Steller's Jays were constant companions at the lower elevations below the treeline.
Steller's Jay
 The next day we headed north to Thousand Island Lake. On the way, we passed Emerald Lake

Thousand Island Lake did not disappoint.  Banner Peak towers over the crystal clear waters of this lake.

After setting up camp, Mike and I decided to scout ahead and started to climb up the broad shoulders of Banner Peak.  You can see below how Thousand Island Lake gets its name.

As we made our way up to higher elevations, we encountered more and more snow.

At higher elevations, Clark's Nutcrackers were everywhere.
Clark's Nutcracker
 As we got higher, a storm started to roll in, but we decided to press on to reach Lake Catherine.  We were rewarded with some stunning views of this little lake.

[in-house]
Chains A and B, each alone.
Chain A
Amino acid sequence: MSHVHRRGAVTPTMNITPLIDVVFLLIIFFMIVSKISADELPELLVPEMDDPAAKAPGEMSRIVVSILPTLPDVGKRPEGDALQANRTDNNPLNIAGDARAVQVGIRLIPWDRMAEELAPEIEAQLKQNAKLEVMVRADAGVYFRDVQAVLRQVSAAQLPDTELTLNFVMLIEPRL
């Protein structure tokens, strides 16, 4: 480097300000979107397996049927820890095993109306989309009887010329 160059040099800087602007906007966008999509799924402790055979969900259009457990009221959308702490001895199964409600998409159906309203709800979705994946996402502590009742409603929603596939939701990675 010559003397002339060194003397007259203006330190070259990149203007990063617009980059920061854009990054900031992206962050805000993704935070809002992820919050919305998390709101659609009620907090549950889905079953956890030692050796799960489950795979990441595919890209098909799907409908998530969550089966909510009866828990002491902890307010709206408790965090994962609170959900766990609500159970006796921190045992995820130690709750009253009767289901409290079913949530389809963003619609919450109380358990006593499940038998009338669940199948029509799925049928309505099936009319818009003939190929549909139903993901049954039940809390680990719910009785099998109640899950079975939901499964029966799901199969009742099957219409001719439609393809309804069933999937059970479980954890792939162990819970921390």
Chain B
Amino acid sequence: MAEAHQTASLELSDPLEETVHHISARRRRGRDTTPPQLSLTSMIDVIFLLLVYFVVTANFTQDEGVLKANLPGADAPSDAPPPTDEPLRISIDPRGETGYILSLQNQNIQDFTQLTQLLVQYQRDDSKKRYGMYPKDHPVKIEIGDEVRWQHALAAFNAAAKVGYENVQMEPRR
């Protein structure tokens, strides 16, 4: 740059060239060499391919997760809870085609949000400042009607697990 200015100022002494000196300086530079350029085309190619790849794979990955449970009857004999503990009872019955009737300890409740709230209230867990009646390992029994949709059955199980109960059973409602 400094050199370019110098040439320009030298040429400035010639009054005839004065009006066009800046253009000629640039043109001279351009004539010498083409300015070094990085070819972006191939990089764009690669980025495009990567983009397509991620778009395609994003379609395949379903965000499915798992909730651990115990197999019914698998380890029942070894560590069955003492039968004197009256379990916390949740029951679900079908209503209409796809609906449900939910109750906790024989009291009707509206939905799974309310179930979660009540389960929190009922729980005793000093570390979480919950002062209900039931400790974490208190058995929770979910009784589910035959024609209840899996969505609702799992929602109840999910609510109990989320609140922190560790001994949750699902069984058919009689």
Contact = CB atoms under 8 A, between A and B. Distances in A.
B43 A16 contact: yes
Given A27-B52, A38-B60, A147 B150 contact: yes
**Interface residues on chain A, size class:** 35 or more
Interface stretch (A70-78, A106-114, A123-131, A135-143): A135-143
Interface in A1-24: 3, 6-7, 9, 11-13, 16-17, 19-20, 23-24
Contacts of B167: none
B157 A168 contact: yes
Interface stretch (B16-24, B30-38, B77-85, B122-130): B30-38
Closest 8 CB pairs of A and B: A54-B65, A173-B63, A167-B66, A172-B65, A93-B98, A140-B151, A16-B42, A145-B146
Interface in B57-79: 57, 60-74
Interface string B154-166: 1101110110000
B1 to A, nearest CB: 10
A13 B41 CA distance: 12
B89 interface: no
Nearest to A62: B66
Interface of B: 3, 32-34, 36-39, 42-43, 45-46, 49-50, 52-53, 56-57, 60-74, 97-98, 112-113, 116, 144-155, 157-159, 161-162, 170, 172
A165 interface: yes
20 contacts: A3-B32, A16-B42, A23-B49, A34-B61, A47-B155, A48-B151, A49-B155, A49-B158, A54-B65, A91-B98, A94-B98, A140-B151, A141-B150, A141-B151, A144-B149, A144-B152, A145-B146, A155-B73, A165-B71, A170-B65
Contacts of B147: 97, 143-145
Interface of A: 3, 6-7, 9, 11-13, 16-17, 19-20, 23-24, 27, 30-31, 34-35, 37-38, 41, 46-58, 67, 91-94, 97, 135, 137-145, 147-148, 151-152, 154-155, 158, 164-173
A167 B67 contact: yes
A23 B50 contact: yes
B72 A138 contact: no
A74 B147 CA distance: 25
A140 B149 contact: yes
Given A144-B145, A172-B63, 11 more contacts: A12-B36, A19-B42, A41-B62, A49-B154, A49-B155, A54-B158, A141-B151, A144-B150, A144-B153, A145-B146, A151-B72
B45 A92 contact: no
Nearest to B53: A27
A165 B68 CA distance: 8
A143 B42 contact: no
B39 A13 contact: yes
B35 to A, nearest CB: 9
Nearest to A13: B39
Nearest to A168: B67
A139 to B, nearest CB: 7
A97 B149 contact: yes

On the way back we decided to slide/ski down the slope in our boots.  It saved a lot of time and was great fun!


The entire alpine area was carpeted with wildflowers of all different colours.


Camp at Thousand Island Lake

Green-tailed Towhee hiding among the pine needles.
 The next day we explored a different section of the mountains with Alex and Kyle.  As luck would have it, the solar eclipse was happening! Mike had brought us each special glasses to view the eclipse.  I was happy to snap this one shot of the moon passing in front of the sun.
Solar eclipse
 Some areas of snow were tinged pink.  This is called 'watermelon snow' and is caused by a type of green algae with a carotenoid pigment.




Below is one of my favourite shots.  This flower is called White Mountain Heather.

 We decided to go back to Lake Catherine with Kyle and Jensen the next day.







Alpine Paintbrush